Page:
USG is one of the three student governments at OSU (the other two being the Council of Graduate Students and the International Student Council). Its primary objective is to advocate programs on behalf of fellow Buckeyes and to serve as the bridge between the student body and legislation enacted by the University Senate and Board of Trustees. There are innumerous roles USG plays in advocating the desires of OSU's student body, so this page will attempt to give an efficient overview of the key roles it plays, its hierarchy, and the process of applying. For a visualization of USG's hierarchy, please visit the following: https://usg.osu.edu/general_information/structure.
FOR USG APPLICANTS & MEMBERS
In order to join USG, you must apply via our application page (https://usg.osu.edu/getinvolvedinusg) in the beginning of an Autumn or Spring semester. It is essential in the application process not to emphasize your academics, but rather, a passion and devotion to improving the state of the university—preferably around a particular vision. To ensure the organization runs efficiently, the application process is competitive; in the most recent applicant pool, roughly 70 of 300 applicants were accepted into the organization. But this should not dissuade you from applying! It should only serve as an incentive to ensure your application is thorough and well-thought out, with strong emphasis on specific things you would like to accomplish.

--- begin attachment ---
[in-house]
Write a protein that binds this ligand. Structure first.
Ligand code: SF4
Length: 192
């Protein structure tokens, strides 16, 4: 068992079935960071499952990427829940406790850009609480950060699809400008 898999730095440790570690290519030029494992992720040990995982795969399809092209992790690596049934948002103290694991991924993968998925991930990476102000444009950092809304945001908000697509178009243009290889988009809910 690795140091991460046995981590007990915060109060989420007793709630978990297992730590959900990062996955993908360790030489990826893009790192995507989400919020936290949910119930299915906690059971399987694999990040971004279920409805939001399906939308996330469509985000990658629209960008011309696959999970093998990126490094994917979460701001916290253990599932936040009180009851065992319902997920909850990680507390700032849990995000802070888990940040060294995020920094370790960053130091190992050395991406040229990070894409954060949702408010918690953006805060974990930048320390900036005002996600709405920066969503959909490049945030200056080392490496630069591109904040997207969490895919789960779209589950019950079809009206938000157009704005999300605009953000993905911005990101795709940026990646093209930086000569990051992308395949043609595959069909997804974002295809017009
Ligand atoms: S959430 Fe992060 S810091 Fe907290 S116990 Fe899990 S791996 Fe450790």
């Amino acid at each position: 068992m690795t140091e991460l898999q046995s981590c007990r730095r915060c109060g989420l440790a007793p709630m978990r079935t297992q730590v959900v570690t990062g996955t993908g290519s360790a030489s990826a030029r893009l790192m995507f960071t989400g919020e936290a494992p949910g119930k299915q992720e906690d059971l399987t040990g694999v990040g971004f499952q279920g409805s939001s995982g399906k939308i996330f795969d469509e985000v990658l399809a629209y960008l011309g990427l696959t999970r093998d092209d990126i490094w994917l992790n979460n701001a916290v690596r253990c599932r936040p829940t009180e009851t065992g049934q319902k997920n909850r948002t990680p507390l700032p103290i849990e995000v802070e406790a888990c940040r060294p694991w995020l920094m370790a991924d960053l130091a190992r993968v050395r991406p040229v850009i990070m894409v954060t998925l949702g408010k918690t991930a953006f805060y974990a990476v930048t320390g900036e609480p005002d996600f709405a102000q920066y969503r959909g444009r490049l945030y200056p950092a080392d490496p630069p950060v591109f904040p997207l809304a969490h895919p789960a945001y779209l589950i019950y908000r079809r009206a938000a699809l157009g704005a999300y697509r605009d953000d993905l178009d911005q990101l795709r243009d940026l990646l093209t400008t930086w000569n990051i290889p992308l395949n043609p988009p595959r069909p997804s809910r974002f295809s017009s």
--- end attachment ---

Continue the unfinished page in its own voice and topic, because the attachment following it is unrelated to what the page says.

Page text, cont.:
When you are accepted into USG, you will be appointed as Committee Representative (CR) for an Issues Committee of your choice. Each Issue Committee (IC) dedicates itself to a different component of the university. The six IC's which currently exist are: Academic Affairs, Government Relations, Healthy & Safety, Justice & Equity, Student Affairs, and Sustainability. You will be placed into the IC which best fits your interest; although you designate your preferred IC in your application, you can attend meetings for various ones which seem interesting and do not have to make your decision immediately.
As a CR, you work on various projects for the people who govern IC's (Deputy Directors and Directors). This is the place to establish a solid footing in USG, to flexibly work on passion projects, and to begin to build your network.
Existing CR's will have the opportunity to apply for new positions at the end of each Spring semester, and they should do so based on which roles they believe they are most qualified for. Any role above CR is considered part of USG's Collaborative Leadership Council (CLT). Roles which are higher than CR but lower than Director (namely, deputy-director, liason, or coordinator roles) have strong emphasis on applicational materials; roles which are at or above the Director level have strong emphasis on a strong interview as well as having working experience with those in high leadership positions. Elections occur at the end of each Spring semester; the newly-elected President and Vice-President will appoint a Senior Staff to comprise the upper-most functioning body of USG. Other positions you run for include General Assembly positions, which will be detailed later.